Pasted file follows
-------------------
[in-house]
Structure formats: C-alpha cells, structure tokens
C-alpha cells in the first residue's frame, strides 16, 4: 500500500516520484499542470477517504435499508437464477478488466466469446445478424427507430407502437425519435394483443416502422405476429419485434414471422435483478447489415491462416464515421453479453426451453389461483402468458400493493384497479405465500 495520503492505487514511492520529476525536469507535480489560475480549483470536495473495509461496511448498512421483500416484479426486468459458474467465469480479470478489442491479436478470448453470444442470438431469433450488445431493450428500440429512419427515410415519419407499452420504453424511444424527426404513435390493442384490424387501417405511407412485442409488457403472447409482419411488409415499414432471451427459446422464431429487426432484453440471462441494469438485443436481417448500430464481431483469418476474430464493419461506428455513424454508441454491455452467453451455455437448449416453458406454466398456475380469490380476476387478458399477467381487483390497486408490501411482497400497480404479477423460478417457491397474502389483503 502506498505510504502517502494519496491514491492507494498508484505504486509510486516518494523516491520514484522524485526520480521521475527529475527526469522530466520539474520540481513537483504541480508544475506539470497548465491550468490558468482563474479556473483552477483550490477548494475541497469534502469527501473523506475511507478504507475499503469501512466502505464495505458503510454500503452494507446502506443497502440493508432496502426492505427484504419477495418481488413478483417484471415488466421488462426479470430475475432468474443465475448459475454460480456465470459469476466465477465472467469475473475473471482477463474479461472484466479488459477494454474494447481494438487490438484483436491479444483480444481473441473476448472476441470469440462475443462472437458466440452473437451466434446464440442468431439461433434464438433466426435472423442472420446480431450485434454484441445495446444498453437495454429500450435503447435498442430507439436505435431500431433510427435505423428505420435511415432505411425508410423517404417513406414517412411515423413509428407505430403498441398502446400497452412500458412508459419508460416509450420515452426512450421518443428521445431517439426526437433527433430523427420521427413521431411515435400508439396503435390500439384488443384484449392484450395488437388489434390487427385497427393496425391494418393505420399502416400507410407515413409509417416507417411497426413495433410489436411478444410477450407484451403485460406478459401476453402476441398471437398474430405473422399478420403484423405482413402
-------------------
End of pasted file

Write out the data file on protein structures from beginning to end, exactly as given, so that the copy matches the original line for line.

[in-house]
Structure formats: C-alpha cells, structure tokens
C-alpha cells in the first residue's frame, strides 16, 4: 500500500516520484499542470477517504435499508437464477478488466466469446445478424427507430407502437425519435394483443416502422405476429419485434414471422435483478447489415491462416464515421453479453426451453389461483402468458400493493384497479405465500 495520503492505487514511492520529476525536469507535480489560475480549483470536495473495509461496511448498512421483500416484479426486468459458474467465469480479470478489442491479436478470448453470444442470438431469433450488445431493450428500440429512419427515410415519419407499452420504453424511444424527426404513435390493442384490424387501417405511407412485442409488457403472447409482419411488409415499414432471451427459446422464431429487426432484453440471462441494469438485443436481417448500430464481431483469418476474430464493419461506428455513424454508441454491455452467453451455455437448449416453458406454466398456475380469490380476476387478458399477467381487483390497486408490501411482497400497480404479477423460478417457491397474502389483503 502506498505510504502517502494519496491514491492507494498508484505504486509510486516518494523516491520514484522524485526520480521521475527529475527526469522530466520539474520540481513537483504541480508544475506539470497548465491550468490558468482563474479556473483552477483550490477548494475541497469534502469527501473523506475511507478504507475499503469501512466502505464495505458503510454500503452494507446502506443497502440493508432496502426492505427484504419477495418481488413478483417484471415488466421488462426479470430475475432468474443465475448459475454460480456465470459469476466465477465472467469475473475473471482477463474479461472484466479488459477494454474494447481494438487490438484483436491479444483480444481473441473476448472476441470469440462475443462472437458466440452473437451466434446464440442468431439461433434464438433466426435472423442472420446480431450485434454484441445495446444498453437495454429500450435503447435498442430507439436505435431500431433510427435505423428505420435511415432505411425508410423517404417513406414517412411515423413509428407505430403498441398502446400497452412500458412508459419508460416509450420515452426512450421518443428521445431517439426526437433527433430523427420521427413521431411515435400508439396503435390500439384488443384484449392484450395488437388489434390487427385497427393496425391494418393505420399502416400507410407515413409509417416507417411497426413495433410489436411478444410477450407484451403485460406478459401476453402476441398471437398474430405473422399478420403484423405482413402